Rural melanoma patients in Maryland do not present with more advanced disease than urban patients
Purpose: Rural populations have higher poverty rates, lower educational attainment, higher smoking rates, lower rates of health insurance, higher proportions of elderly individuals, decreased access to health services including dermatology, higher all-cause mortality, and higher mortality from melanoma. Despite these disparities, rural patients have not been adequately studied within the dermatologic literature, particularly at geographic units smaller than the county level. Methods: We used zip codes and Rural Urban Commuting Area (RUCA) codes to conduct a cross-sectional study on the prevalence and severity of melanoma among 31,750 rural versus urban patients treated by the Johns Hopkins Department of Dermatology from January, 2016 to June, 2017. Results: Compared to urban patients, rural patients had a 2.6 times higher melanoma prevalence (P<0.0001), travelled much greater distances for treatment (101.8 miles versus 17.7 miles, P<0.0001), and lived in zip codes with median household incomes $18,188 lower ($58,718 versus $76,906; P=0.0040). However, there were no significant differences in Breslow depth or clinical stage between rural and urban patients. Conclusions: Despite having a higher prevalence of melanoma and travelling much greater distances to receive care, rural patients did not present with more advanced disease than their urban counterparts.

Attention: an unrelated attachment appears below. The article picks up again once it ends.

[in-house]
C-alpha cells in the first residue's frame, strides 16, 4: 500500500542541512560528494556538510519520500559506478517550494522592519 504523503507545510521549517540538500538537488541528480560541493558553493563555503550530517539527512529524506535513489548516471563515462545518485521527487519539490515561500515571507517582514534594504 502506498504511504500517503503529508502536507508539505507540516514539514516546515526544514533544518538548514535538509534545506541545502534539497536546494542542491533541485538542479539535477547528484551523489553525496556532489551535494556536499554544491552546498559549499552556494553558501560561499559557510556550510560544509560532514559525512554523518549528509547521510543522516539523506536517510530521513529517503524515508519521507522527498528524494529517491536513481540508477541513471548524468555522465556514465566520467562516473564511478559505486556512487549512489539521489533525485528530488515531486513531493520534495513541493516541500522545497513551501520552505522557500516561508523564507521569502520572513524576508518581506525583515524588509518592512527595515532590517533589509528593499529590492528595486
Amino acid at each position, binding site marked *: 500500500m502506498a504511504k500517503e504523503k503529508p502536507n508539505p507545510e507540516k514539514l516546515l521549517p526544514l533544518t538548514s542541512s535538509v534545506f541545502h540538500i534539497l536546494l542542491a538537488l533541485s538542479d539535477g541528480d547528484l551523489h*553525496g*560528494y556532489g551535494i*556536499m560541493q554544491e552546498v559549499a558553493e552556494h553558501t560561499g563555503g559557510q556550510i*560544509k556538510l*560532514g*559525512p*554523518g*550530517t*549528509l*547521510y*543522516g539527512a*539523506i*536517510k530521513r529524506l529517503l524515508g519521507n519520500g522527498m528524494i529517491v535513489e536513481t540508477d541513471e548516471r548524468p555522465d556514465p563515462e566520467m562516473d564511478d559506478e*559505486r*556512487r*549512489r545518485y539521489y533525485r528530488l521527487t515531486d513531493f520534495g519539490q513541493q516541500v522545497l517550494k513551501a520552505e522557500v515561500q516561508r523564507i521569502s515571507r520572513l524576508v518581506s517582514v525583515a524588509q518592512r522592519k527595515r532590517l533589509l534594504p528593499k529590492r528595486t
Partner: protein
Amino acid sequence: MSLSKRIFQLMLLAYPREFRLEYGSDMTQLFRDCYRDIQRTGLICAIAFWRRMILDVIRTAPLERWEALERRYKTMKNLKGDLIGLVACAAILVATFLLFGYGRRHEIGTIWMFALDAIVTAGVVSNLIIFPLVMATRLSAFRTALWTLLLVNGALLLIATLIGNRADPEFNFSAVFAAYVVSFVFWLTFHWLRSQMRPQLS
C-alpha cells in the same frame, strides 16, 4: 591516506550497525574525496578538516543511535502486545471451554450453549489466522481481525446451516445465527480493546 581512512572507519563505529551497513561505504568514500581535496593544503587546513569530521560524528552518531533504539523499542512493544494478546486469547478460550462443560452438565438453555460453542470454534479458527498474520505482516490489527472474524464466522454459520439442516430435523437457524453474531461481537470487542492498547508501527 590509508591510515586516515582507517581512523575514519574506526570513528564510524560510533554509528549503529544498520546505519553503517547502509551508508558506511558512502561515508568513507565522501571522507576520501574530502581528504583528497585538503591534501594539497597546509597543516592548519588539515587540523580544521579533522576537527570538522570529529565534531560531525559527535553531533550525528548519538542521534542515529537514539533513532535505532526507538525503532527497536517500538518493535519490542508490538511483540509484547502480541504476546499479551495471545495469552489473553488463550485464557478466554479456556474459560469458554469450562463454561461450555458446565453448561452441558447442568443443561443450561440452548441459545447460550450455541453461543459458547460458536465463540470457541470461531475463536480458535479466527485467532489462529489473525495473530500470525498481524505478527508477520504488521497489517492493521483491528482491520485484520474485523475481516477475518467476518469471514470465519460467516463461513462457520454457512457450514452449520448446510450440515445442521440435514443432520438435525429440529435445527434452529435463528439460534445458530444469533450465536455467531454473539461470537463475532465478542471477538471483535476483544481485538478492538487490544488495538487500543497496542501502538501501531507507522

Mannschreck, Diana B.; Li, Ximin; and Okoye, Ginette, "Rural melanoma patients in Maryland do not present with more advanced disease than urban patients" (2021). College of Medicine Faculty Publications. 139.